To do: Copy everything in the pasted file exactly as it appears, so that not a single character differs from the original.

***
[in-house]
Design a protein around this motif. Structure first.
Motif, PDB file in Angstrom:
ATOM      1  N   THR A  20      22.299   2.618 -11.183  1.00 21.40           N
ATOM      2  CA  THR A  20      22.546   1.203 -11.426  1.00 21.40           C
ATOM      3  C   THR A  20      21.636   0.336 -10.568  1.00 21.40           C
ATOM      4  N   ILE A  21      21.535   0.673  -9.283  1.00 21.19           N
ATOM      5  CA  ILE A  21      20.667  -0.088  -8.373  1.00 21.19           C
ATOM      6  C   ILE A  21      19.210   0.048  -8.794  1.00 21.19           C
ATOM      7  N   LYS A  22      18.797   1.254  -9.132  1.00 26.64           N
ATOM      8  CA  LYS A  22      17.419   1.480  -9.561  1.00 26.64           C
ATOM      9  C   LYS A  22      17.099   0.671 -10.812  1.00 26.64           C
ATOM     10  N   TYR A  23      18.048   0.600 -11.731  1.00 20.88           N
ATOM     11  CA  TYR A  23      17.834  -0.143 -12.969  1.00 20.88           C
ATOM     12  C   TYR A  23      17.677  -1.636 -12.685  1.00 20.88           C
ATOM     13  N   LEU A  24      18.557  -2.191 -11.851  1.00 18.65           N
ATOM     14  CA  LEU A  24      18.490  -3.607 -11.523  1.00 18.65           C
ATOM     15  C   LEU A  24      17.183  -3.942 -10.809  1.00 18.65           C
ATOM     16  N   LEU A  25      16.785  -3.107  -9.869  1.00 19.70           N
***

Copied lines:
[in-house]
Design a protein around this motif. Structure first.
Motif, PDB file in Angstrom:
ATOM      1  N   THR A  20      22.299   2.618 -11.183  1.00 21.40           N
ATOM      2  CA  THR A  20      22.546   1.203 -11.426  1.00 21.40           C
ATOM      3  C   THR A  20      21.636   0.336 -10.568  1.00 21.40           C
ATOM      4  N   ILE A  21      21.535   0.673  -9.283  1.00 21.19           N
ATOM      5  CA  ILE A  21      20.667  -0.088  -8.373  1.00 21.19           C
ATOM      6  C   ILE A  21      19.210   0.048  -8.794  1.00 21.19           C
ATOM      7  N   LYS A  22      18.797   1.254  -9.132  1.00 26.64           N
ATOM      8  CA  LYS A  22      17.419   1.480  -9.561  1.00 26.64           C
ATOM      9  C   LYS A  22      17.099   0.671 -10.812  1.00 26.64           C
ATOM     10  N   TYR A  23      18.048   0.600 -11.731  1.00 20.88           N
ATOM     11  CA  TYR A  23      17.834  -0.143 -12.969  1.00 20.88           C
ATOM     12  C   TYR A  23      17.677  -1.636 -12.685  1.00 20.88           C
ATOM     13  N   LEU A  24      18.557  -2.191 -11.851  1.00 18.65           N
ATOM     14  CA  LEU A  24      18.490  -3.607 -11.523  1.00 18.65           C
ATOM     15  C   LEU A  24      17.183  -3.942 -10.809  1.00 18.65           C
ATOM     16  N   LEU A  25      16.785  -3.107  -9.869  1.00 19.70           N